Bishop of Clogher addresses retired clergy

Wednesday March 27th 2024

The Ven John Scott, RCA honorary treasurer (left), and Canon Jim Campbell (chairman), present Bishop Ian Ellis with a token of members’ appreciation following the Bishop’s talk to the RCA in St Anne’s Cathedral. (Photo: the Rev Clifford Skillen)

Report by the Rev Clifford Skillen

Members of the Retired Clergy Association (NI) met recently in St Anne’s Cathedral, Belfast.

The morning began with a service of Holy Communion in the Cathedral’s Chapel of Unity, celebrated by Bishop Trevor Williams, assisted by Canon Raymond Fox.

Following light refreshments, the Association’s chairman, Canon Jim Campbell, welcomed members and the guest speaker, the Bishop of Clogher, the Rt Rev Dr Ian Ellis.

Bishop Ellis began by sharing with members a series of personal reflections – ‘shaping experiences,’ as he called them – on his ordained journey, from a curacy in St Mark’s, Armagh, through incumbencies in Loughgall and Grange (Armagh) and Rossorry (Clogher) to his election as Bishop of Clogher. He described how such experiences had helped to influence his ongoing ministry and direct his life.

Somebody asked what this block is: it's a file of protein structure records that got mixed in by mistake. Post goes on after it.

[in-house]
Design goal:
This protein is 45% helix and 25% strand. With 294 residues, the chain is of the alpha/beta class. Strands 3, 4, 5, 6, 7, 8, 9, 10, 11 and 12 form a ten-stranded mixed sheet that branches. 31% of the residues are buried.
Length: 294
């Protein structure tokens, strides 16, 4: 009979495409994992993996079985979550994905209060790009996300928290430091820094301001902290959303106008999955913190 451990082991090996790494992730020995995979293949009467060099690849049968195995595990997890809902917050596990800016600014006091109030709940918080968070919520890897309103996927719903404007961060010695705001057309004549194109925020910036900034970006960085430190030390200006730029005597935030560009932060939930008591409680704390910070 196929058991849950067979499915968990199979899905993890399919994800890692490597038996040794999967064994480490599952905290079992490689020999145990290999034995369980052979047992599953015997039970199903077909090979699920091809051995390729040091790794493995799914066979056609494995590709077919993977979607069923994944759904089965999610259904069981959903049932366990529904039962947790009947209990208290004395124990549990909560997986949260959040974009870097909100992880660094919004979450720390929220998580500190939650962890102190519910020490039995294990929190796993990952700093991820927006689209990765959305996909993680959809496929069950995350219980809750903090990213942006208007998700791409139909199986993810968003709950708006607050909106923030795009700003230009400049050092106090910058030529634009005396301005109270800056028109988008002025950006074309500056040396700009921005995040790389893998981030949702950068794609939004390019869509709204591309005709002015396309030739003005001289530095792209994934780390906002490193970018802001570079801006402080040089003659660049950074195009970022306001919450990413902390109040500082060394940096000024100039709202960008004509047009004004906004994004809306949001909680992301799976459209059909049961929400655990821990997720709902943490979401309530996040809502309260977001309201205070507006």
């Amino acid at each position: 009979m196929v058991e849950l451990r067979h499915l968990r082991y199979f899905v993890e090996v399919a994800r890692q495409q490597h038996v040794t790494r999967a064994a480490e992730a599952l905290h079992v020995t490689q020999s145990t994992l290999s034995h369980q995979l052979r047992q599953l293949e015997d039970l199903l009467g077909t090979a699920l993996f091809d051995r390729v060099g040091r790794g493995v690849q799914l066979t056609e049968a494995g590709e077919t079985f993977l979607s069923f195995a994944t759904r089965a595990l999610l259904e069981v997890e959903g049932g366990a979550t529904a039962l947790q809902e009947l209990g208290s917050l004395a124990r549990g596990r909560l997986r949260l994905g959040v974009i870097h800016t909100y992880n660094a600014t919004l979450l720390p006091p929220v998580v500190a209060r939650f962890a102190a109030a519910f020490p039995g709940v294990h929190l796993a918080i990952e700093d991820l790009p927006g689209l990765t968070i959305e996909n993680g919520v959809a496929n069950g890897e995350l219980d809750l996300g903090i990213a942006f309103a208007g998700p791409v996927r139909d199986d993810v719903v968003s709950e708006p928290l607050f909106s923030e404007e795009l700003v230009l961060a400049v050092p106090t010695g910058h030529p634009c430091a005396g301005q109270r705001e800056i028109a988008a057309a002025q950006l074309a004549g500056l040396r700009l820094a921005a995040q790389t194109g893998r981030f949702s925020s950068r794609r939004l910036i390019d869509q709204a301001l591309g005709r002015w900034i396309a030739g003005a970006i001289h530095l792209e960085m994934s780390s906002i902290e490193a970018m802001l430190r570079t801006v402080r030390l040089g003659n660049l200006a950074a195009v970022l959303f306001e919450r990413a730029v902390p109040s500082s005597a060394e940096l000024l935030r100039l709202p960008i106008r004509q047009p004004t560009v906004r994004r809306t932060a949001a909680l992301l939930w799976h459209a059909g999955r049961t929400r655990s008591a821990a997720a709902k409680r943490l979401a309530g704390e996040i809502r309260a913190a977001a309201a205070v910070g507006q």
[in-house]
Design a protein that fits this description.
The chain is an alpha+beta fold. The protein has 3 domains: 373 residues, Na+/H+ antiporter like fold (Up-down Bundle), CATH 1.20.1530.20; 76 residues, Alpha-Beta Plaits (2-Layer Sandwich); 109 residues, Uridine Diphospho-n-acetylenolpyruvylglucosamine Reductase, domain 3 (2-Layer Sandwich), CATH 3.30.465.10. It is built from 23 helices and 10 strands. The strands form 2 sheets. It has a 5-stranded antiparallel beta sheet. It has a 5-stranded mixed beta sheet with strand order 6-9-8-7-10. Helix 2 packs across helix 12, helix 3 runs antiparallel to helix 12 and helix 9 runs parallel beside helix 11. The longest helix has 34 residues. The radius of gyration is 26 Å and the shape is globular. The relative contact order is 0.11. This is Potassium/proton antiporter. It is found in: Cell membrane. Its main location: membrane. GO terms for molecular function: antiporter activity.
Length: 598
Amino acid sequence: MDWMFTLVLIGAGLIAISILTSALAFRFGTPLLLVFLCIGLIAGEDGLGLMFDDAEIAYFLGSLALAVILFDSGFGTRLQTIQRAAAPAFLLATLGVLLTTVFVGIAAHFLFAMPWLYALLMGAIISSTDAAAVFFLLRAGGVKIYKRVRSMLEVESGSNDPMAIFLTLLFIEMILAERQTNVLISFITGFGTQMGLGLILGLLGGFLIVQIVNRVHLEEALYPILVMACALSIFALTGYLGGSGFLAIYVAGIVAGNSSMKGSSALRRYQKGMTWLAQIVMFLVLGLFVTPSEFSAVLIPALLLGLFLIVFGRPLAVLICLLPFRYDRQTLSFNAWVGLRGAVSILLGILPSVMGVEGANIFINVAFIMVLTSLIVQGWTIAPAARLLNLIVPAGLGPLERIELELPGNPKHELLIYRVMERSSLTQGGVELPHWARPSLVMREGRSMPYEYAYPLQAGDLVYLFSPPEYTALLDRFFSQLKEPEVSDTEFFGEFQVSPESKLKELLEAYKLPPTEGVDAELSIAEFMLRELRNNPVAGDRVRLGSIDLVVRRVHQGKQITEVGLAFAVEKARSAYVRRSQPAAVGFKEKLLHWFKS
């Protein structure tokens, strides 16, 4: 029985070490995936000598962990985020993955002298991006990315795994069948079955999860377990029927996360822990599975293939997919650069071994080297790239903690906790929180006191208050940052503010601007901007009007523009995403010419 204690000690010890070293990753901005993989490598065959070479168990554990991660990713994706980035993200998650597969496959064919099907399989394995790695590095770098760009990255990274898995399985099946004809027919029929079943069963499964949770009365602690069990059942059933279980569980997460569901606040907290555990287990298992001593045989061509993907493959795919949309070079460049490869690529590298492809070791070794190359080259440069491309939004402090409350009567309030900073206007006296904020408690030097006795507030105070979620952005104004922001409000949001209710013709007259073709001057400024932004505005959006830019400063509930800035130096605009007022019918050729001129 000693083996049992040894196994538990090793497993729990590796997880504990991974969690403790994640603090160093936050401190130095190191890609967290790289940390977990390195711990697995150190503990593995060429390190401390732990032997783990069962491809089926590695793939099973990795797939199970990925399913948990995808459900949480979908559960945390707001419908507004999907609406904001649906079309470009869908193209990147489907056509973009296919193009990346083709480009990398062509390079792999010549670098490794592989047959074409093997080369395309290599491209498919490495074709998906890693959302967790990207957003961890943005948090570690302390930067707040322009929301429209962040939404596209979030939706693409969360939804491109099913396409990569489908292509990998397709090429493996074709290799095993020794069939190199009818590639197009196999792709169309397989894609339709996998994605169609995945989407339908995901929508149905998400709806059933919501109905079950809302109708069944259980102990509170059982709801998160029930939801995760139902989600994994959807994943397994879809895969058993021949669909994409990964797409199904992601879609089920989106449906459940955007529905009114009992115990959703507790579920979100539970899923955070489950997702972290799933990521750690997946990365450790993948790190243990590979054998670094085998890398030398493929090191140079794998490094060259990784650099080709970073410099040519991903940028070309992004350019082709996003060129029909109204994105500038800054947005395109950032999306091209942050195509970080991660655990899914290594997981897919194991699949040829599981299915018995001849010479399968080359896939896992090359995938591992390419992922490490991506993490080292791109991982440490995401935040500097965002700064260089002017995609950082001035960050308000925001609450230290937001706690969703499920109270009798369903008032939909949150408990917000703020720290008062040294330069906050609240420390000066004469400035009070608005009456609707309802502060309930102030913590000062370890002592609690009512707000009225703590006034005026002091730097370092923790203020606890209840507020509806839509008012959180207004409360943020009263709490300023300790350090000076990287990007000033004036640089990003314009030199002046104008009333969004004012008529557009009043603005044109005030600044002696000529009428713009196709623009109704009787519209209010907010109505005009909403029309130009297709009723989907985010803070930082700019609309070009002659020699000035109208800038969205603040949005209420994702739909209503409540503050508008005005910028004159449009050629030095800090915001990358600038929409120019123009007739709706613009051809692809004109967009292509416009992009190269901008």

Referring particularly to his 13 years as Secretary to the Church of Ireland Board of Education (NI), from 2002-2015, Bishop Ellis, a teacher prior to ordination, explained that he had always enjoyed the world of education and illustrated how often in his role as Secretary, he had seen the worlds of education and ministry coming together.

Looking back, he saw his time as Secretary as ‘a fascinating period, a mix of jobs,’ dealing with various aspects of education through interfacing with, for example, the Church of Ireland, other Church denominations, Education and Library Boards and the Department of Education; and drawing up and implementing church safeguarding protocols along with the training of clergy and leaders.

He believed that the Church needed a voice in the ‘public square of education’ and told of the determined efforts of the Churches in the past to make a significant impact in education by retaining their historic role and rights of transferors.

Turning to the present-day, Dr Ellis said that he saw his episcopal work as ‘the most challenging I’ve had yet,’ but he found his previous experience in education invaluable, especially when called into school management and governance situations.

He viewed his role as bishop as a reconciler, a maintainer of unity and – his favourite description – ‘chief shepherd leading and caring for the people of God.’

Back to latest news

Site Directory